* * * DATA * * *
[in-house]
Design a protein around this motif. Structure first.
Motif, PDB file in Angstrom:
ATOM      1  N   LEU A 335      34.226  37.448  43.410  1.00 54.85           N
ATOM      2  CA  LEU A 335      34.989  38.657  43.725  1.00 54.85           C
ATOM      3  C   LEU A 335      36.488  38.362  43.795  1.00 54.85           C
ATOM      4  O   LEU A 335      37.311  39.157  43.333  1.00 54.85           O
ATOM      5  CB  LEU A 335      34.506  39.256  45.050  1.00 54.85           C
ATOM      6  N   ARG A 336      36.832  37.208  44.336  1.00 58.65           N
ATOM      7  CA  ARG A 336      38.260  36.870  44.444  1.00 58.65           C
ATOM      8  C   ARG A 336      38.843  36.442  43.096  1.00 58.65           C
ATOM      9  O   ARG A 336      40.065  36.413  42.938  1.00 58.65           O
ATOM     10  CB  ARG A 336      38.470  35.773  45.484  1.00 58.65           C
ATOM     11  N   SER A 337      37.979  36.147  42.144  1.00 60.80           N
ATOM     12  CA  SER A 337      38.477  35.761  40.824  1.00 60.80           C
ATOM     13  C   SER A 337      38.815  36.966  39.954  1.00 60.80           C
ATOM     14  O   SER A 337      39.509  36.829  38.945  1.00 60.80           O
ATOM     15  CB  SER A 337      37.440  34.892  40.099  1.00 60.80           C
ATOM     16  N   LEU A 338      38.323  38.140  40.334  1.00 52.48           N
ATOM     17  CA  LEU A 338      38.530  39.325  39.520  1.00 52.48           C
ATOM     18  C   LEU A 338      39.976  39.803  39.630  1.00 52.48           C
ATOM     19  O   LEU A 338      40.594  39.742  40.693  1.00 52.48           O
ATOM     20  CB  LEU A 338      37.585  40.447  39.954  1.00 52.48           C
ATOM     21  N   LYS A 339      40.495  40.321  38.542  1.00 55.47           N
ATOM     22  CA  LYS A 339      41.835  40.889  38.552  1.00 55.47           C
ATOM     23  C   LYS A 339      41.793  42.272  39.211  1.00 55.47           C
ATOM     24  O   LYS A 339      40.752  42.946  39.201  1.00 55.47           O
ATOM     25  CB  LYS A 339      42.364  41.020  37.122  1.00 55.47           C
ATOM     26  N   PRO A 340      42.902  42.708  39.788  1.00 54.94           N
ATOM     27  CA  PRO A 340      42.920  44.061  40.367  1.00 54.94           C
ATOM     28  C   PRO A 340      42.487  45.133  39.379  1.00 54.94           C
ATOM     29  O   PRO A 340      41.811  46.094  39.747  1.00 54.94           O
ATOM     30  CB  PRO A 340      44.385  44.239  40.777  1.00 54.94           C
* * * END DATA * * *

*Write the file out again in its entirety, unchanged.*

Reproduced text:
[in-house]
Design a protein around this motif. Structure first.
Motif, PDB file in Angstrom:
ATOM      1  N   LEU A 335      34.226  37.448  43.410  1.00 54.85           N
ATOM      2  CA  LEU A 335      34.989  38.657  43.725  1.00 54.85           C
ATOM      3  C   LEU A 335      36.488  38.362  43.795  1.00 54.85           C
ATOM      4  O   LEU A 335      37.311  39.157  43.333  1.00 54.85           O
ATOM      5  CB  LEU A 335      34.506  39.256  45.050  1.00 54.85           C
ATOM      6  N   ARG A 336      36.832  37.208  44.336  1.00 58.65           N
ATOM      7  CA  ARG A 336      38.260  36.870  44.444  1.00 58.65           C
ATOM      8  C   ARG A 336      38.843  36.442  43.096  1.00 58.65           C
ATOM      9  O   ARG A 336      40.065  36.413  42.938  1.00 58.65           O
ATOM     10  CB  ARG A 336      38.470  35.773  45.484  1.00 58.65           C
ATOM     11  N   SER A 337      37.979  36.147  42.144  1.00 60.80           N
ATOM     12  CA  SER A 337      38.477  35.761  40.824  1.00 60.80           C
ATOM     13  C   SER A 337      38.815  36.966  39.954  1.00 60.80           C
ATOM     14  O   SER A 337      39.509  36.829  38.945  1.00 60.80           O
ATOM     15  CB  SER A 337      37.440  34.892  40.099  1.00 60.80           C
ATOM     16  N   LEU A 338      38.323  38.140  40.334  1.00 52.48           N
ATOM     17  CA  LEU A 338      38.530  39.325  39.520  1.00 52.48           C
ATOM     18  C   LEU A 338      39.976  39.803  39.630  1.00 52.48           C
ATOM     19  O   LEU A 338      40.594  39.742  40.693  1.00 52.48           O
ATOM     20  CB  LEU A 338      37.585  40.447  39.954  1.00 52.48           C
ATOM     21  N   LYS A 339      40.495  40.321  38.542  1.00 55.47           N
ATOM     22  CA  LYS A 339      41.835  40.889  38.552  1.00 55.47           C
ATOM     23  C   LYS A 339      41.793  42.272  39.211  1.00 55.47           C
ATOM     24  O   LYS A 339      40.752  42.946  39.201  1.00 55.47           O
ATOM     25  CB  LYS A 339      42.364  41.020  37.122  1.00 55.47           C
ATOM     26  N   PRO A 340      42.902  42.708  39.788  1.00 54.94           N
ATOM     27  CA  PRO A 340      42.920  44.061  40.367  1.00 54.94           C
ATOM     28  C   PRO A 340      42.487  45.133  39.379  1.00 54.94           C
ATOM     29  O   PRO A 340      41.811  46.094  39.747  1.00 54.94           O
ATOM     30  CB  PRO A 340      44.385  44.239  40.777  1.00 54.94           C